City adopts tenant protection policy
The Golden Valley City Council last week approved new rules for landlords who take over low-income housing complexes.
The policy, modeled after one adopted this year by St. Louis Park, requires new owners of affordable multifamily buildings to notify tenants about ownership changes within 30 days of a transfer.
The landlord also will have to pay relocation fees for tenants displaced by any changes made within the first three months of ownership.
Owners who don’t follow the policy could be cited and required to pay a penalty that would go toward the displaced tenants.
“I wouldn’t call it the solution, but it’s a step in the right direction,” Mayor Shep Harris said.
Hovland named to fill school board vacancy
The Stillwater Area School Board has appointed Donald Hovland to fill a seat on the board vacated when Tom Lehmann was named a district judge.
Hovland was principal of Stillwater Junior High School (now Stillwater Middle School) and served as an adjunct professor at the University of St. Thomas.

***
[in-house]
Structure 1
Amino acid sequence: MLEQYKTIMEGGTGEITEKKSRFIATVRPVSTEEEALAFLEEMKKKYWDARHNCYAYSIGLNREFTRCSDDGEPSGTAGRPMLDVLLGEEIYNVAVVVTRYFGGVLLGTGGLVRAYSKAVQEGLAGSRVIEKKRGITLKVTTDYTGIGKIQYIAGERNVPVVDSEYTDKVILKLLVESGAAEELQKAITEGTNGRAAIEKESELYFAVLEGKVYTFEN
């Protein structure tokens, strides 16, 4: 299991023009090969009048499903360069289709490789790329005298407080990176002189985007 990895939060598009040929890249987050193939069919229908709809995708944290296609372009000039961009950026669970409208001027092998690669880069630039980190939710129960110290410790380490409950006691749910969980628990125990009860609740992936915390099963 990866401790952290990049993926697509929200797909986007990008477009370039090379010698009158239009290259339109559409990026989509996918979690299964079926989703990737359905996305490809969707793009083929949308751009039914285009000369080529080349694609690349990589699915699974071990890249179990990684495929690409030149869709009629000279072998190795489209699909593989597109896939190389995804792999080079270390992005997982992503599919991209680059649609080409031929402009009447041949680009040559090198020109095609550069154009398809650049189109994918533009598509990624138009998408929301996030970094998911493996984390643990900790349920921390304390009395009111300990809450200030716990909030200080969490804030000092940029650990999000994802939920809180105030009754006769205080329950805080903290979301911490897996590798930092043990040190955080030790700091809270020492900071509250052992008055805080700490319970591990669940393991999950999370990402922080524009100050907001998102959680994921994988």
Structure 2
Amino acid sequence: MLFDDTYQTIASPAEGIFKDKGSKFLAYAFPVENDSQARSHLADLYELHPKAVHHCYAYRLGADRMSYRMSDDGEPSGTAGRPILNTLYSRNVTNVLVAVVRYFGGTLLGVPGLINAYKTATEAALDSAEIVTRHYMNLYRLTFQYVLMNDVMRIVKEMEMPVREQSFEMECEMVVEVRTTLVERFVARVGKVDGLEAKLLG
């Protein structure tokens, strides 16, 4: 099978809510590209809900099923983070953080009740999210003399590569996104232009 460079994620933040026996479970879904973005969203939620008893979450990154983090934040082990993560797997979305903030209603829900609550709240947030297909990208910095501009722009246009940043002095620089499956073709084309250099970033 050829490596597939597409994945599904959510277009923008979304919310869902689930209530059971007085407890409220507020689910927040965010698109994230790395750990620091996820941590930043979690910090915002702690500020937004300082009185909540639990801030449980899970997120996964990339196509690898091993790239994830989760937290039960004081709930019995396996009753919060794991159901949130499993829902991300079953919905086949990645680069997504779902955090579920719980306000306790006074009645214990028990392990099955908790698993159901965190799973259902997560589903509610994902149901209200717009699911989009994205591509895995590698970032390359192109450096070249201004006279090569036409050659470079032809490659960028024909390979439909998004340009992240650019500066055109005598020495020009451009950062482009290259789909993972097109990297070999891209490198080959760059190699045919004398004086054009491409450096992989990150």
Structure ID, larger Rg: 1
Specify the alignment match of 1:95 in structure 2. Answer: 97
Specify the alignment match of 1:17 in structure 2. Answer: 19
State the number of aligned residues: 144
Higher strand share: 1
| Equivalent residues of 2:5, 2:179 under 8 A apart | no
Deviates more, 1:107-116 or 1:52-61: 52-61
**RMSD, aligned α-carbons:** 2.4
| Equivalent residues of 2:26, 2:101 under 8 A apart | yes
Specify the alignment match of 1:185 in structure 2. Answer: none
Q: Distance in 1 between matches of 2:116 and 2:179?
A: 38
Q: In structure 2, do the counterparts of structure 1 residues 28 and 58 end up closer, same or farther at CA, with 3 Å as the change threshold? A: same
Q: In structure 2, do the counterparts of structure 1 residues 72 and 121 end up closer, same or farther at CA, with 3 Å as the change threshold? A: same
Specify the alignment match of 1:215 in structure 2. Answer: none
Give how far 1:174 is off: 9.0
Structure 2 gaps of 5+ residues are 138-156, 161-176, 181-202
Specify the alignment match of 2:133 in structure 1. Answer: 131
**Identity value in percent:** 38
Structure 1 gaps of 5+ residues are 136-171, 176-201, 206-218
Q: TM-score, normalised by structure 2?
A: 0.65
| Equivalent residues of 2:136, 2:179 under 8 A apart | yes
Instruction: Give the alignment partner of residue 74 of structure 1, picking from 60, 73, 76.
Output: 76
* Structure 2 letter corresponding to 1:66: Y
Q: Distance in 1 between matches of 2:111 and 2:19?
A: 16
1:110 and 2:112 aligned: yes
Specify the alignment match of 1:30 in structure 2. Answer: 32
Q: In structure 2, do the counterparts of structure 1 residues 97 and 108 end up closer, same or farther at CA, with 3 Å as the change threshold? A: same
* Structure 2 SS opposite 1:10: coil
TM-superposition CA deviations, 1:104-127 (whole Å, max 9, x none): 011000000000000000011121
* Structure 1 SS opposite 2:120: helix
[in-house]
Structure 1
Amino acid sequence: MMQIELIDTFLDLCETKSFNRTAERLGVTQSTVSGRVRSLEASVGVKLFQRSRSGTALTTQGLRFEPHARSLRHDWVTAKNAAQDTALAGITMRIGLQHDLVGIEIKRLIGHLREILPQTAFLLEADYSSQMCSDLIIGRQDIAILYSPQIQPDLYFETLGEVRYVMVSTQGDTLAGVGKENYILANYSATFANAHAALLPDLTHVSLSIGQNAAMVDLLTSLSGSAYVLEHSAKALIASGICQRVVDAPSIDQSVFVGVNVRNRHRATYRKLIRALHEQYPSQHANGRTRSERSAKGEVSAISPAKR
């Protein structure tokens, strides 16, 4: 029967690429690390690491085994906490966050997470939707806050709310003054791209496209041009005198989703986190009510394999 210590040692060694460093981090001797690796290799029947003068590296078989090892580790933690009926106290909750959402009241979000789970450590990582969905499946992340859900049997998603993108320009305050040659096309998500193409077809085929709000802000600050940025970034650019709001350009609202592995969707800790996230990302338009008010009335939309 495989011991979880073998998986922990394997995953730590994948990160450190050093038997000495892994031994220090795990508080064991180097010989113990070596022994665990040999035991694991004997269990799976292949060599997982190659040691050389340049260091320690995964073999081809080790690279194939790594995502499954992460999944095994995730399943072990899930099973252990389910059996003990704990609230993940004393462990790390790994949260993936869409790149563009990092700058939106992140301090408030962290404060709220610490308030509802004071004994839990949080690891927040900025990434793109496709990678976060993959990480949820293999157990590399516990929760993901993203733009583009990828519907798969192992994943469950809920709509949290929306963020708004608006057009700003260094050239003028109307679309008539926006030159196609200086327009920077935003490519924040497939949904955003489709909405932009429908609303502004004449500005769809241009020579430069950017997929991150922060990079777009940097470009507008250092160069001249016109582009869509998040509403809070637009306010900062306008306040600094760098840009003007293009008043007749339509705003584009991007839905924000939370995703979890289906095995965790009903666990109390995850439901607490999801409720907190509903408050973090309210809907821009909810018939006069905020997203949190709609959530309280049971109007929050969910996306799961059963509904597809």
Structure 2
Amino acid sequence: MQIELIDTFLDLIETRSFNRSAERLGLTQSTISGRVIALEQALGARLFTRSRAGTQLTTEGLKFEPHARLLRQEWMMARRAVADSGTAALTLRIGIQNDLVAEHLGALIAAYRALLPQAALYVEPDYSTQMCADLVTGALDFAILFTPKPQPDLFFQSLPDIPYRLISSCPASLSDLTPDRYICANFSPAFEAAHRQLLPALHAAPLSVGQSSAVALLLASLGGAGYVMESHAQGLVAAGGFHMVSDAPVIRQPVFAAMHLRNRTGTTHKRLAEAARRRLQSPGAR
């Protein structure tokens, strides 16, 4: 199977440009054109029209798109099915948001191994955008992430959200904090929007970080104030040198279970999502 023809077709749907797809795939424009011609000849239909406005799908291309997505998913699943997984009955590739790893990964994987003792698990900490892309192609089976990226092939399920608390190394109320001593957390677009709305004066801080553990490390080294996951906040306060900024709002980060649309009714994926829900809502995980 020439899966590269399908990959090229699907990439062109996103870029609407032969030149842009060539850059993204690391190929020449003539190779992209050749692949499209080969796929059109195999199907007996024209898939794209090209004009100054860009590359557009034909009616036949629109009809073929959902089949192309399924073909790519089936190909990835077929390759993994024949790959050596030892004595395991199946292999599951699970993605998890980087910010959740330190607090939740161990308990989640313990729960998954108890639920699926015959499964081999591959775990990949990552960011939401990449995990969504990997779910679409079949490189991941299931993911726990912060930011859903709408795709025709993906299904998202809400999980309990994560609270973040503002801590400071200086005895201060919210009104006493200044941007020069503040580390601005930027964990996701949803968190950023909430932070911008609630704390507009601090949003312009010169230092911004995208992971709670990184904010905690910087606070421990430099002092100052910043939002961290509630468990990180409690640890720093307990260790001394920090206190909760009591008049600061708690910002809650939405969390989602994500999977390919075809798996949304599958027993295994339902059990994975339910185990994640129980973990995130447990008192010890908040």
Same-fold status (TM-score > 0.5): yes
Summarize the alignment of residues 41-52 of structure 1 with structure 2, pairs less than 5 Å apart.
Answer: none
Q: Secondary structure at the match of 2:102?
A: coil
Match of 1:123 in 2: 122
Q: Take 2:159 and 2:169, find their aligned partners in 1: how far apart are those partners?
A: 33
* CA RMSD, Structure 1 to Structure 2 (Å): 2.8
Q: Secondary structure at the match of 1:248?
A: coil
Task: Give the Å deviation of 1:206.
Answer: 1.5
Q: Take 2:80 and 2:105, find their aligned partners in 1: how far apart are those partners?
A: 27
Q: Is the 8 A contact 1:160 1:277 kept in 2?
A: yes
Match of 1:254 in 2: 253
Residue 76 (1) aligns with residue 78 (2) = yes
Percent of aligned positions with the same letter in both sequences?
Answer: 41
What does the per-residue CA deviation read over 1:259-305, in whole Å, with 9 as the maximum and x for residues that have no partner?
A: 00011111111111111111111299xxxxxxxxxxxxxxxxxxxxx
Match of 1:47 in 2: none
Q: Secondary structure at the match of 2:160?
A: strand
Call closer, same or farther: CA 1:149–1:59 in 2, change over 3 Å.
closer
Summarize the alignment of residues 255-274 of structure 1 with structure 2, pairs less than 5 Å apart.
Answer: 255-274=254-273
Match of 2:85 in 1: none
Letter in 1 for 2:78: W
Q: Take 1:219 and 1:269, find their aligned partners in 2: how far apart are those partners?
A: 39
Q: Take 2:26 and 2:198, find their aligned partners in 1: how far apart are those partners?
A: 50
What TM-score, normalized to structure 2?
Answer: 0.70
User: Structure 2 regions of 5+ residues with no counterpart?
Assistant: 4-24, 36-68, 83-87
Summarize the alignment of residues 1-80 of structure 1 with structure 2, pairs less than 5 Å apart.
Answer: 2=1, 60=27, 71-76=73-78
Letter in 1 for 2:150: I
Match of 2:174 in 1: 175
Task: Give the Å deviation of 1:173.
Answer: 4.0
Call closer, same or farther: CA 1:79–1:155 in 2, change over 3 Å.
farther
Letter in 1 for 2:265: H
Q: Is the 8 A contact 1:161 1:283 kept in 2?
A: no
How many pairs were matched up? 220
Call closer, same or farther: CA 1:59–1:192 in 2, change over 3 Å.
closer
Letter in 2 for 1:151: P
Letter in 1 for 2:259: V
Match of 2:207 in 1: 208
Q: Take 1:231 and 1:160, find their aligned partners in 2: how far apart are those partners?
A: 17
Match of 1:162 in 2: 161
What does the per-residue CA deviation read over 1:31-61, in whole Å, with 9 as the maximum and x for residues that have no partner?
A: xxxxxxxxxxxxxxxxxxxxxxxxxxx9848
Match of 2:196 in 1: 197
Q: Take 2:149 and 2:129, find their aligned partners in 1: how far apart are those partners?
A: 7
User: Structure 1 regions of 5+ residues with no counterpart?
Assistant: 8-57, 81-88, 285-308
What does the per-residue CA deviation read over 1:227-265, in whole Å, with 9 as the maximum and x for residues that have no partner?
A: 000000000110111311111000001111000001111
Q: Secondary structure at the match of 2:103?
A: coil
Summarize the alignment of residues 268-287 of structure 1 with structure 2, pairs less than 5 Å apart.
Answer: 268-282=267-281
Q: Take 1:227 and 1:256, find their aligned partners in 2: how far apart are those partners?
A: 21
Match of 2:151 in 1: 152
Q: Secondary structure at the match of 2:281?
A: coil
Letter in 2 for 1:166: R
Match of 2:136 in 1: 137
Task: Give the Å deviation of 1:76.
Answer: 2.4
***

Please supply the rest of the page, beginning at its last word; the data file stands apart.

After Lehmann’s resignation in June, the board reviewed applicants for the position and then voted for Hovland. He will take his seat on the board at the Aug. 23 meeting and fill out the remaining four months of Lehmann’s term. However, Hovland can run for a full term this fall.
Council set to OK snow emergencies
The City Council will vote Monday on an ordinance change that would allow officials to declare a snow emergency when the city receives at least 2 inches of snow.
The council on July 9 unanimously approved the first reading of the proposal, which would allow the city to ticket and tow cars left on unplowed streets.
For the past year, city leaders have debated changes to existing on-street parking rules, which ban parking on public streets between 2 and 5 a.m. from Oct. 15 to April 15 to allow for snow removal. They’ve considered shortening the ban by a month, extending it to year-round or keeping it as is.
Staffers plan to bring the ordinance back to the council next spring to discuss feedback on the change.
Judge dismisses suit, clears way for project
A judge has dismissed a lawsuit filed against Mendota Heights by residents opposed to a controversial 140-unit apartment project, allowing the project backed by city officials to proceed.
The resident group alleged that city officials had violated several ordinances in approving the project, including amending its comprehensive plan for an improper purpose, wrongly issuing a wetlands permit and rezoning the property.
Judge M. Michael Baxter found that the city had, in fact, violated several ordinances initially. But city staffers made modifications to the project over the past six months that corrected those violations.
Plaintiff Bernie Friel said his group “won the battle but lost the war” with the case. Friel said that plaintiffs are planning to appeal.